Tag Archives: kimberly george

How Bureaucracy Drives WC Costs

Workers’ compensation is one of the most highly regulated lines of insurance. Every form filed and every payment transaction is an opportunity for a penalty. Claims can stay open for 30 years or longer, leading to thousands of transactions on a single claim. Each state presents different sets of compliance rules for payers to follow. This bureaucracy is adding significant cost to the workers’ compensation system, but is it improving the delivery of benefits to injured workers?

Lack of Uniformity

Workers’ compensation is regulated at the state level, which means every state has its own set of laws and rules governing the delivery of indemnity and medical benefits to injured workers. This state-by-state variation also exists in the behind-the-scenes reporting of data. Most states now require some level of electronic data interchange (EDI) from the payers (carriers or self-insured employers). There is no common template between the states; therefore carriers must set up separate data feeds for each state. This is made even more complex when you factor in the multiple sources from which payers must gather this data for their EDI reporting. Data sources include employers, bill review and utilization review vendors. The data from all these vendors must be combined into a single data feed to the states. If states change the data reporting fields, each of the vendors in the chain must also make changes to their feeds.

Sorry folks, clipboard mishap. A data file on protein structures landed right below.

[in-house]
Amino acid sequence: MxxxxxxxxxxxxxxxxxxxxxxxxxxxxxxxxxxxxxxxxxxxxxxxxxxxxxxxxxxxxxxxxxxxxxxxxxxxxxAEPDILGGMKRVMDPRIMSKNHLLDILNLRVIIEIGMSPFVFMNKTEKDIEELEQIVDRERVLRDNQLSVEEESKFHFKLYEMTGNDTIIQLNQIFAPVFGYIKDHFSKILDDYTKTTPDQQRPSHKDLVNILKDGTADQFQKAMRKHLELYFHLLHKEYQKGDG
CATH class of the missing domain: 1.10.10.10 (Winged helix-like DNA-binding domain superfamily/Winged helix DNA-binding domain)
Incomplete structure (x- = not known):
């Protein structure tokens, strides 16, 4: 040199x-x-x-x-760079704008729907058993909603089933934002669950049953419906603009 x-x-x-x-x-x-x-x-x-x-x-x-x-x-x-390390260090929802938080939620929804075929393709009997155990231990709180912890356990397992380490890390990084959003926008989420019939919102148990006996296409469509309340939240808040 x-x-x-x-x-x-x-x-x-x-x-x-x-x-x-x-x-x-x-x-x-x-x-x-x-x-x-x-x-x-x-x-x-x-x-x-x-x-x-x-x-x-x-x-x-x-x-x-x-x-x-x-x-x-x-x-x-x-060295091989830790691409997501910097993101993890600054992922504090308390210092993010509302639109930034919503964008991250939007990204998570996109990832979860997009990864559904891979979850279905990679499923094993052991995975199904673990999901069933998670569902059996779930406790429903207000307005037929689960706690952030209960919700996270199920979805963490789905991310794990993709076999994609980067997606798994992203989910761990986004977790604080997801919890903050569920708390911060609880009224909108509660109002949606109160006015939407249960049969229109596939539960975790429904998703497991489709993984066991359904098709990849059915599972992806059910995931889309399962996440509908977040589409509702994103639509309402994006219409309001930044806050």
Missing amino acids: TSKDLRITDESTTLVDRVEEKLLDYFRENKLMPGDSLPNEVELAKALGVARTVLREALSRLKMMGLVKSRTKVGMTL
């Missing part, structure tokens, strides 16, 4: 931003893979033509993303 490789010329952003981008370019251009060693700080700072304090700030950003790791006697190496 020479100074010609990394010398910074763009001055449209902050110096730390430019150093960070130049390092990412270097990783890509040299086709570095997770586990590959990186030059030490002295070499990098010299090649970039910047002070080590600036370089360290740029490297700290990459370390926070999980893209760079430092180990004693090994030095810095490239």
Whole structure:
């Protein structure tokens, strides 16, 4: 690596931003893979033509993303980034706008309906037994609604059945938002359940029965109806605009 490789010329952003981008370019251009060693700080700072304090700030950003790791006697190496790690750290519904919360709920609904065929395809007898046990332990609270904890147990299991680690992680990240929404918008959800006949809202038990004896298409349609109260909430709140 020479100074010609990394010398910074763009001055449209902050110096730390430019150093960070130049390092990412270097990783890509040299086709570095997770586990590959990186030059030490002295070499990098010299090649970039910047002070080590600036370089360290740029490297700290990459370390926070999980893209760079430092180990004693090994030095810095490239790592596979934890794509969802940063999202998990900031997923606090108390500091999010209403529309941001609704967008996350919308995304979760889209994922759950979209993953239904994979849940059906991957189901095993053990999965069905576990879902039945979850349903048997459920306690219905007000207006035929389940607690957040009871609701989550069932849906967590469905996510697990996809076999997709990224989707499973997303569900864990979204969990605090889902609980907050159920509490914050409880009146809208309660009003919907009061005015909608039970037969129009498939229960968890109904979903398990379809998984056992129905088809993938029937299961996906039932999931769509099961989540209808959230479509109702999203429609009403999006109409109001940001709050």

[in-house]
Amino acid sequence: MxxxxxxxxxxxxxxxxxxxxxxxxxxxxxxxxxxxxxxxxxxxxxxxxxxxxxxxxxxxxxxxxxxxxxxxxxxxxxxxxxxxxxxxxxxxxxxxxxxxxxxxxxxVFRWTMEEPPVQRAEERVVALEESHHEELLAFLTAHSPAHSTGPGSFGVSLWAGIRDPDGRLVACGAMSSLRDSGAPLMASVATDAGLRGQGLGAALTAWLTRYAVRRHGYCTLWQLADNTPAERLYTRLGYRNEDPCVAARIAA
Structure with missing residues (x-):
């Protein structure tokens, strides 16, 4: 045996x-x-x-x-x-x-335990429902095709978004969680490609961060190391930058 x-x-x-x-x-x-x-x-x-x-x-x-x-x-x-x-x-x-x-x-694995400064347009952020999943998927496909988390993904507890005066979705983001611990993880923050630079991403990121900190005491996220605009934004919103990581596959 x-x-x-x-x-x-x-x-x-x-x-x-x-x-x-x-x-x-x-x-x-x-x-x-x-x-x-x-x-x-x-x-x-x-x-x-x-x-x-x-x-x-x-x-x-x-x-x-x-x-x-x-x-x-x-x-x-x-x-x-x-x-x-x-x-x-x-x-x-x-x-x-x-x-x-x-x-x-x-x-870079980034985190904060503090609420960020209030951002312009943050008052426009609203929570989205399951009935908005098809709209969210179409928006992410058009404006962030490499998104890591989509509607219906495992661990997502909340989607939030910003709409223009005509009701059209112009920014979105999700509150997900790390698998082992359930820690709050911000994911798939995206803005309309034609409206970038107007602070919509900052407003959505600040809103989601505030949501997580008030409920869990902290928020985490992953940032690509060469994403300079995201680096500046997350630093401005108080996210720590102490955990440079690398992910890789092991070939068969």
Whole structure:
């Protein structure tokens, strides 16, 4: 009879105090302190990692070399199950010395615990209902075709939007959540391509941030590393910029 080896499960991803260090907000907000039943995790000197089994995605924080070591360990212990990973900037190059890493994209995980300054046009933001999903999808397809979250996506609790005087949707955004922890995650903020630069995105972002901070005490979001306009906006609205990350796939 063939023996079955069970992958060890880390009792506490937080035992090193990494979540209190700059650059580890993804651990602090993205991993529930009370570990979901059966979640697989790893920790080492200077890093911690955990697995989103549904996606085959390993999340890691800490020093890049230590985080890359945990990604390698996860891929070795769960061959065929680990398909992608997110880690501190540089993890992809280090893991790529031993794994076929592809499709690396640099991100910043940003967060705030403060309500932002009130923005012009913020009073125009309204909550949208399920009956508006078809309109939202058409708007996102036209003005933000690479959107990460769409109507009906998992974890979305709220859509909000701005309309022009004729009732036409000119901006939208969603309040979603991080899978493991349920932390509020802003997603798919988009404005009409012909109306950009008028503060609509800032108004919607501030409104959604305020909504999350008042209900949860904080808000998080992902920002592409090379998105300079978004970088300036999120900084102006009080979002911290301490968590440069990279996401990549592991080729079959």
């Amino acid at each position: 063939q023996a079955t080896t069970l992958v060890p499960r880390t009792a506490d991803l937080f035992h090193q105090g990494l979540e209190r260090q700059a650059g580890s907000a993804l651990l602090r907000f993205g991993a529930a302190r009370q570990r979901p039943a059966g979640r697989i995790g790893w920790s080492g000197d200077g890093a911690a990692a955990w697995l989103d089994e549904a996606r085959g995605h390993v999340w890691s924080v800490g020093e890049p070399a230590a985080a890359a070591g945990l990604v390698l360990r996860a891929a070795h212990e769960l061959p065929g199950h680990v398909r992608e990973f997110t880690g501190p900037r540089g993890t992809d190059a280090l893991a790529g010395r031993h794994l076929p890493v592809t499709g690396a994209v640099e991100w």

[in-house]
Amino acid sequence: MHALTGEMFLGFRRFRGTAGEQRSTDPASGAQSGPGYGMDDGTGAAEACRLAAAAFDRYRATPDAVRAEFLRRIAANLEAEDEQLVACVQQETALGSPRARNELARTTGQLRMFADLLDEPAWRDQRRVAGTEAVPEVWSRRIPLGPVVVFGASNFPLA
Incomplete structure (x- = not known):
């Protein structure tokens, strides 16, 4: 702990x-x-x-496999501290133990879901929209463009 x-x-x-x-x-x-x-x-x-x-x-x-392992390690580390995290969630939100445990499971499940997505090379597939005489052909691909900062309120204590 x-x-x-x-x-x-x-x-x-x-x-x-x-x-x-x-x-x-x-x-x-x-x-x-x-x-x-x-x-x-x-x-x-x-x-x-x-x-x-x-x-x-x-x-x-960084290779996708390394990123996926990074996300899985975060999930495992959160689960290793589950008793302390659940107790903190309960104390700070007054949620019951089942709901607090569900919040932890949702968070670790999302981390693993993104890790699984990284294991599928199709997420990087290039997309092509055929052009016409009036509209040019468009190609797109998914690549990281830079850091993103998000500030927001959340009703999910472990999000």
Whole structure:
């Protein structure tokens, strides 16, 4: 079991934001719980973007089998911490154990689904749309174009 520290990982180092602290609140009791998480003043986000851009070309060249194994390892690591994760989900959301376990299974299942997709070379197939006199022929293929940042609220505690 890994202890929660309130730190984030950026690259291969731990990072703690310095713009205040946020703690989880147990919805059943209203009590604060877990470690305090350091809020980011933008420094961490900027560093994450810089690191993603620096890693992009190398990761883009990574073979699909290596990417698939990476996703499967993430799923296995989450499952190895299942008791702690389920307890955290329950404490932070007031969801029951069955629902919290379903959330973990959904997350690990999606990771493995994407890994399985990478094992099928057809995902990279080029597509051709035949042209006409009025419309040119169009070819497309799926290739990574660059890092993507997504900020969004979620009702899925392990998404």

Variation also exists in the forms that must be filed and notices that must be posted in the workplaces. This means that payers must constantly monitor and update the various state requirements to ensure they stay in full compliance with the regulations.

Unnecessary Burden